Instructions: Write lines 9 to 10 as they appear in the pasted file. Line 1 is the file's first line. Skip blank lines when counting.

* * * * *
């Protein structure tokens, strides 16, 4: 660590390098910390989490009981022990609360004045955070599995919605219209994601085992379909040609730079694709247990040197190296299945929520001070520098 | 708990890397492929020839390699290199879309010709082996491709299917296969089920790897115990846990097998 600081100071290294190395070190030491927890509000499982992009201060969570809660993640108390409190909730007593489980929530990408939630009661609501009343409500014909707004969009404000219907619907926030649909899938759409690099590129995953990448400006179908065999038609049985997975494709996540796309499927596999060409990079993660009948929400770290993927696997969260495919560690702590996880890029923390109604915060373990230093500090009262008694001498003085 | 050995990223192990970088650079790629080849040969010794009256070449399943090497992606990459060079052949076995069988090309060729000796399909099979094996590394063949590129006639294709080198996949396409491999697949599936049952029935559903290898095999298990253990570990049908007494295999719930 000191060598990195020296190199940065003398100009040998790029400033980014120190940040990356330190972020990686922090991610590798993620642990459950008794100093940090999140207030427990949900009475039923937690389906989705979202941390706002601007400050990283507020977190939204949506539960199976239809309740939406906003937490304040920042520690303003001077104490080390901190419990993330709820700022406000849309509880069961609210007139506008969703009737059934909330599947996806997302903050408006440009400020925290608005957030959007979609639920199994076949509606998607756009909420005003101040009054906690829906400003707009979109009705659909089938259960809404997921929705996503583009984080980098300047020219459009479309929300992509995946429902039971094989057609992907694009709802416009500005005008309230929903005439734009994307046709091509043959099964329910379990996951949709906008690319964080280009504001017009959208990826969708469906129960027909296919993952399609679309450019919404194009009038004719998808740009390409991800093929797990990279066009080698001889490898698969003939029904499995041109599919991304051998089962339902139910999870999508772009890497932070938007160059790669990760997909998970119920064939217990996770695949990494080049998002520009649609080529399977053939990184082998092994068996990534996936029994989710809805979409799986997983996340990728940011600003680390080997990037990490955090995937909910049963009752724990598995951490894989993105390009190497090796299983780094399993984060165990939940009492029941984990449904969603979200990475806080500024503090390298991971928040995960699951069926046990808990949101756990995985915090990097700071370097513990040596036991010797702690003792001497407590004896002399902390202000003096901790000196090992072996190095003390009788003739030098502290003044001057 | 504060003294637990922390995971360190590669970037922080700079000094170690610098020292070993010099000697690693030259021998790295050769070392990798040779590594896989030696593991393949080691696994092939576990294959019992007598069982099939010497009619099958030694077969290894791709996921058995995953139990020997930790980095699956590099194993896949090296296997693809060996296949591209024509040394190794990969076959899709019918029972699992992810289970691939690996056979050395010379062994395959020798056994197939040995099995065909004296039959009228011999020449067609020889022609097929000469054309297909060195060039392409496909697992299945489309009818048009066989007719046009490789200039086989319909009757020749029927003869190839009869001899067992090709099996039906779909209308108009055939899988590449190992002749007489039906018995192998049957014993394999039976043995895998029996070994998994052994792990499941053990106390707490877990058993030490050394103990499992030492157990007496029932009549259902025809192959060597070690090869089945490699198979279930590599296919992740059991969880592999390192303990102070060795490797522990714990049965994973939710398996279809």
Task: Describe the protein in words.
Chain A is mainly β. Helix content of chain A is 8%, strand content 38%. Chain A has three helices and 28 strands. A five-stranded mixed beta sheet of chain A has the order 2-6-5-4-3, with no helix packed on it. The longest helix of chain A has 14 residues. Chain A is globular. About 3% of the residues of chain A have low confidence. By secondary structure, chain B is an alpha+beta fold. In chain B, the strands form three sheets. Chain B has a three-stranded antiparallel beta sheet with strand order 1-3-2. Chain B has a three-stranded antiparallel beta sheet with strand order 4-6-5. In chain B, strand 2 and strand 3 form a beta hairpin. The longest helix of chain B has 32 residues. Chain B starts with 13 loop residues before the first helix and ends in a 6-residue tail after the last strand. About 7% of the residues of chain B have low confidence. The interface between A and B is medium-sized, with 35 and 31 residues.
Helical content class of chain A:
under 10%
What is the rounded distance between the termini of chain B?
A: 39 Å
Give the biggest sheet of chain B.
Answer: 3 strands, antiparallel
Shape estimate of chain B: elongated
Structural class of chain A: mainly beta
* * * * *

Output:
Answer: 3 strands, antiparallel
Shape estimate of chain B: elongated